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CSS Sophomore Breathes Life Into Cemeteries Throughout Region

Within a few weeks of moving to the Pikes Peak region, CSS sophomore Ahna W. ’24 sought volunteer opportunities that paired her love of history and writing with a desire to get to know her new community.

“I believe that one of the best ways you can learn about a place is by learning about its people,” she said.

Her search led to Evergreen Heritage, a volunteer organization dedicated to the history and care of Evergreen Cemetery, established soon after Gen. William Palmer founded the city in 1871. Ahna crafts monthly newsletters with information on upcoming volunteer events such as headstone cleaning projects, tagging roses to help identify old-growth ones at the cemetery, and trash removal. She peppers the newsletters and the group’s Facebook page with interesting historical tidbits about the city’s earliest pioneers who have been laid to rest there, including Gen. Palmer.

One day, as she browsed online for a museum to explore, Ahna discovered Miramont Castle Museum in Manitou Springs. Seeing that the museum was recruiting volunteers, she reached out before touring the 1895 chateau in person. Today, Ahna archives artifacts, helps with the museum’s social media channels, designs informational flyers, and volunteers at the gift shop.

While logging more than 300 volunteer hours with the castle during the summer, Anna learned that the museum’s director, along with the Manitou Historical Society, wished to hold a fundraiser to repair damages sustained from vandalism to the nearby Crystal Valley Cemetery in May. Ahna jumped at the chance to help, seeing the fundraiser as an opportunity to create a preservation society inspired by the existing one at Evergreen. She envisions a volunteer group that helps with projects such as laying wreaths on Veterans’ headstones in December.

“As a Colorado Springs native with paternal roots deeply set in Manitou, the name ‘Crystal Valley Cemetery’ caught my eye,” said Amy Miller, a CSS English teacher who also tracks community service hours for Upper School students. “I have several family members buried there, and rarely do I see anyone who knows of the cemetery’s existence, let alone a dedicated young person who volunteers on its behalf. My personal thanks goes out to Ahna for caring for a place that is dear to my heart.”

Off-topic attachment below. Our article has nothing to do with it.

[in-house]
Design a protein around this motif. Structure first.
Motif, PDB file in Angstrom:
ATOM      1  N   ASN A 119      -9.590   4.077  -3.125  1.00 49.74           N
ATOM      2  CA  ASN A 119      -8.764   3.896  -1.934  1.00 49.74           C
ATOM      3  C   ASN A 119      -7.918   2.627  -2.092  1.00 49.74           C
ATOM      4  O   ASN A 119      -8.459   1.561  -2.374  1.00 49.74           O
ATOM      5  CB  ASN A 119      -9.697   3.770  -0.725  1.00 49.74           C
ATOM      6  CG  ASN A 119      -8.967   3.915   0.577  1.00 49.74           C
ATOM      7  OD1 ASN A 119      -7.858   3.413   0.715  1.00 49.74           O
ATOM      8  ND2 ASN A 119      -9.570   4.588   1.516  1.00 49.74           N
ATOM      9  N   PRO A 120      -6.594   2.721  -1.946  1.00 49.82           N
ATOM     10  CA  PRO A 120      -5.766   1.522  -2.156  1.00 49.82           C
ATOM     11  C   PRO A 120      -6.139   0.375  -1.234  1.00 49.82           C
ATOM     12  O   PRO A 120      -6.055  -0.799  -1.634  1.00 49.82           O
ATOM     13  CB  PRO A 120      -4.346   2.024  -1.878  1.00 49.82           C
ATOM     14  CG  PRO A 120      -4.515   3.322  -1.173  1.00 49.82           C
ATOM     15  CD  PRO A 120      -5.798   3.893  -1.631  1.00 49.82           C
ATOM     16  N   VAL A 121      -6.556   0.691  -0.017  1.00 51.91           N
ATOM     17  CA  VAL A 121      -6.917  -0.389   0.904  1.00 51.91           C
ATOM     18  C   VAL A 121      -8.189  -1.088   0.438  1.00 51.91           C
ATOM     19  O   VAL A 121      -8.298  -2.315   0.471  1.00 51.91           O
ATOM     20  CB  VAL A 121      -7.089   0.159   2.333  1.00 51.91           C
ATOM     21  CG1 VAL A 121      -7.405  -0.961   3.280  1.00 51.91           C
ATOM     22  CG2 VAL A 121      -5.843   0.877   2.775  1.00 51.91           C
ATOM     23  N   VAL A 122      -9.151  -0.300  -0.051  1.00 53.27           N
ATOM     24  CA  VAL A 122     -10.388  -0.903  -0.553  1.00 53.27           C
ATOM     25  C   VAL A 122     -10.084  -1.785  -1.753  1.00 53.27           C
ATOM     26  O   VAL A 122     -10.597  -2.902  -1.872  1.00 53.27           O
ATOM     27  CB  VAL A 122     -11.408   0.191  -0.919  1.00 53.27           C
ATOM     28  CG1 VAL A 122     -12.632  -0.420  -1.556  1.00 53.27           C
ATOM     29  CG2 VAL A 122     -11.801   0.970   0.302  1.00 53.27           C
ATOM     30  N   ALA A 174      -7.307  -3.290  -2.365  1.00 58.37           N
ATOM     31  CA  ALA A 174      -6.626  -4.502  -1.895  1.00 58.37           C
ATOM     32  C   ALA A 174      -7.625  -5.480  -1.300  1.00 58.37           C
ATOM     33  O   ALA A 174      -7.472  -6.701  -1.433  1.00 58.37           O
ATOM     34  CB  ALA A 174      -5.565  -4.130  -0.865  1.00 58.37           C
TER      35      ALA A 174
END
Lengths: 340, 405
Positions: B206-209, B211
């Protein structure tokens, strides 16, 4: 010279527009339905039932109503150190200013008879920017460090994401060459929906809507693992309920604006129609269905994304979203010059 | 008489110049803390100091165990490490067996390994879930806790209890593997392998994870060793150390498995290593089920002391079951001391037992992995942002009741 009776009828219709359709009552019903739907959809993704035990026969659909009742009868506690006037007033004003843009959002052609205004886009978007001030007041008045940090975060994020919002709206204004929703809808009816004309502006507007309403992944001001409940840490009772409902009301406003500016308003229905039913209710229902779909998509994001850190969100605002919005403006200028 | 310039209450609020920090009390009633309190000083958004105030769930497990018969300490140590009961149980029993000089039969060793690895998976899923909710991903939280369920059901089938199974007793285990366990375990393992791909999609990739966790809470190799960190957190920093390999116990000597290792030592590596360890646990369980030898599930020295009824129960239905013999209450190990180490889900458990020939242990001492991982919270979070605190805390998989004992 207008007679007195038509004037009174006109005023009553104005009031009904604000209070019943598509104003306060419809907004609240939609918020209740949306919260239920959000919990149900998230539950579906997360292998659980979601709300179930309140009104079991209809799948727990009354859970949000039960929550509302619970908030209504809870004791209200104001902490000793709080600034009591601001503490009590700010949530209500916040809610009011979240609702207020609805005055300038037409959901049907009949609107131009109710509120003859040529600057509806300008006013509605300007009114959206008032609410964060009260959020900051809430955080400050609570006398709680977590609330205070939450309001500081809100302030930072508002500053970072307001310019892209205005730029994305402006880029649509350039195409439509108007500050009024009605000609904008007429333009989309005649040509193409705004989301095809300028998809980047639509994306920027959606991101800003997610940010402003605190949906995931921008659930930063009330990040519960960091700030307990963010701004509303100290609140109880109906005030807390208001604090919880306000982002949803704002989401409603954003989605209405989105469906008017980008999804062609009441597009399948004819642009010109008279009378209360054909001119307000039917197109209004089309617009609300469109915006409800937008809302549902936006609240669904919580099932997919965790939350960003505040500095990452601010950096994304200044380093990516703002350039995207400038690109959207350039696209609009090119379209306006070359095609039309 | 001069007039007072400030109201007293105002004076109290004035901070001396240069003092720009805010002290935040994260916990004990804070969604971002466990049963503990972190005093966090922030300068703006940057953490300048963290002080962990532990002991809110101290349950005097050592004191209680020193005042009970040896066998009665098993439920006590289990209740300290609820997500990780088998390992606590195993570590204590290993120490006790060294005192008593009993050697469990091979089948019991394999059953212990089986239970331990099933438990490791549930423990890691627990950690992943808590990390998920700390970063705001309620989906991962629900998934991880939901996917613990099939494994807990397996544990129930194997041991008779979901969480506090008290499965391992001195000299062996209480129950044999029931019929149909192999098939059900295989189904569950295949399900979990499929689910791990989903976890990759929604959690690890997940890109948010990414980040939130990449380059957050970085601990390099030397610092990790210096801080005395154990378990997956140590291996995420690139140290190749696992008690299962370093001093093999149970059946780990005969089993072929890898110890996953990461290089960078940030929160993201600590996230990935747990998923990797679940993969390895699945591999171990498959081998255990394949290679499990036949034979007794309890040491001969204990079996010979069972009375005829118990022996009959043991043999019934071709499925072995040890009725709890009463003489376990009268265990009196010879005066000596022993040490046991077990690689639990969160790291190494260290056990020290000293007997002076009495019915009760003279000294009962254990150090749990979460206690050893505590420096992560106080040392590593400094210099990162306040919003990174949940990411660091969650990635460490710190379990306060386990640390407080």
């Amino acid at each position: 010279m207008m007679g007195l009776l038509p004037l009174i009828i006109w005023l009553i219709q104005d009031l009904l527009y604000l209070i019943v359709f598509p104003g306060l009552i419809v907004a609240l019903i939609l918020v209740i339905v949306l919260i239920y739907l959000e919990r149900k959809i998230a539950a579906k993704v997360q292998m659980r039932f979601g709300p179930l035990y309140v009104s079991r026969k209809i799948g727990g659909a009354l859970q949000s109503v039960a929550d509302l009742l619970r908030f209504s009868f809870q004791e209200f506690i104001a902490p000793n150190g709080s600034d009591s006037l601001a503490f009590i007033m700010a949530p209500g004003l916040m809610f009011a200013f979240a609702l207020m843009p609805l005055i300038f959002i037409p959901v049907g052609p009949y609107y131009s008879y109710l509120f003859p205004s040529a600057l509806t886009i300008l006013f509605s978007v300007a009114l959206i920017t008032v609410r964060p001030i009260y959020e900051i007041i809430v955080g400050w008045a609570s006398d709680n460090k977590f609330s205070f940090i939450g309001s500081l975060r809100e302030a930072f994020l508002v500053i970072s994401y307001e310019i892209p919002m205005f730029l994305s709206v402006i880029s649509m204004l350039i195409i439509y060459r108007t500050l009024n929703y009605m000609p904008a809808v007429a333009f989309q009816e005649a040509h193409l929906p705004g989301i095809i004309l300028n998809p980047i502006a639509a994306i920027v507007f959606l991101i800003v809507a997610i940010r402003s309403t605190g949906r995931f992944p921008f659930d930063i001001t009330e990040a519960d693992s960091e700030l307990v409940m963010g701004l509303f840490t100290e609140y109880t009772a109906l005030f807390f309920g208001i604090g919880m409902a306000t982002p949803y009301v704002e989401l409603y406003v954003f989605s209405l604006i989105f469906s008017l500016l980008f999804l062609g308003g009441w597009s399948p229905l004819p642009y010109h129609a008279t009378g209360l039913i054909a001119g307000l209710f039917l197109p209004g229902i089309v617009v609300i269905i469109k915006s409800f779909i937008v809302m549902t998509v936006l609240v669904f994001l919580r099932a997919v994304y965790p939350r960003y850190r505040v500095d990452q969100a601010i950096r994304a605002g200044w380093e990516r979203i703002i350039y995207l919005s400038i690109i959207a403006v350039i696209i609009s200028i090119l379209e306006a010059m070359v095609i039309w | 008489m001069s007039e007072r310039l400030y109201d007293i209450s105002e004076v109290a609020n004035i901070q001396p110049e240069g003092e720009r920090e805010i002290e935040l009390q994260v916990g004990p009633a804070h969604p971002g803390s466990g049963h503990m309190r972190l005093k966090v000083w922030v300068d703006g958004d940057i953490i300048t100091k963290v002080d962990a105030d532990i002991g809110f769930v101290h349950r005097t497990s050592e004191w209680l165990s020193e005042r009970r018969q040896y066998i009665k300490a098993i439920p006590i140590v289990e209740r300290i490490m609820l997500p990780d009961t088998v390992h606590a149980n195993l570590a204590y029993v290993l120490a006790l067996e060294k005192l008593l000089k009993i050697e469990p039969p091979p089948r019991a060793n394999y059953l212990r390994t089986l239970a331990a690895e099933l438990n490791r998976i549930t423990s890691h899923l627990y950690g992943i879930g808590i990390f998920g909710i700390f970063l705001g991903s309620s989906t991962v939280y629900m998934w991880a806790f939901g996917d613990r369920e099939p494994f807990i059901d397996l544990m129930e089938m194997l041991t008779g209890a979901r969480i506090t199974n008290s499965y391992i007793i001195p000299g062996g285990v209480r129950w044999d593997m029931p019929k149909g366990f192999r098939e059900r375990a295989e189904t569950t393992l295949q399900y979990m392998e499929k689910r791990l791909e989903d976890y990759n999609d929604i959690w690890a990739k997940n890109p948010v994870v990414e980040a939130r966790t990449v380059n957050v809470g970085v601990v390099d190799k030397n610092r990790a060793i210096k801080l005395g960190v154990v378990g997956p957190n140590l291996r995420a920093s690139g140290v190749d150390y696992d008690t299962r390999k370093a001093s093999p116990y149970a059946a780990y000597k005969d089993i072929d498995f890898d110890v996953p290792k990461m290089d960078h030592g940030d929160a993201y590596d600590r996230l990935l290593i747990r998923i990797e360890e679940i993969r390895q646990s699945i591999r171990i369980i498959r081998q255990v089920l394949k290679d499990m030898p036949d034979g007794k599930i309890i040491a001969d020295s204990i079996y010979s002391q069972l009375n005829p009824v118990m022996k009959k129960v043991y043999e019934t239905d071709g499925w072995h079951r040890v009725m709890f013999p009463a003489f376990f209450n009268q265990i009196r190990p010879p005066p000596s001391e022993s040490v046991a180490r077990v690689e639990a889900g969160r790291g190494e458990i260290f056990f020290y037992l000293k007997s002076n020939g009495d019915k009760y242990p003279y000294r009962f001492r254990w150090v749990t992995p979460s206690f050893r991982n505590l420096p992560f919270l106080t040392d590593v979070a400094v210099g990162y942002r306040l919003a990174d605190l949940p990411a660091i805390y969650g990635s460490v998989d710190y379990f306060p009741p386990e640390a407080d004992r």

What began as volunteer opportunities have led to so much more for the 15-year-old, including connecting with people who share similar interests.

“I have really fallen in love with Manitou, as well as with Colorado Springs, and I know that they wouldn't be what they are today had it not been for the people who founded and cared for this community first,” Ahna said. “So, in a way, I would say that my heart is attached to it.”

For the Crystal Valley Cemetery fundraiser, which is being planned, Ahna will lead 30-minute tours and share details about Victorian mourning traditions. She hopes others will discover and appreciate the unique history that cemeteries hold.

“I feel that the projects I work on and the help I give – no matter how big or how small – are my way of showing gratitude to the people who created the communities and the environment I am so lucky to be able to treasure today,” Ahna said. “In this, I also feel drawn to encourage others to experience what I have found through volunteering.”

Already this school year, Ahna has more than completed her required Upper School community service hours, which – due to COVID – has stood at 18-plus required hours per year since 2020. To date, she has submitted 330 hours completed since May, with many more to come.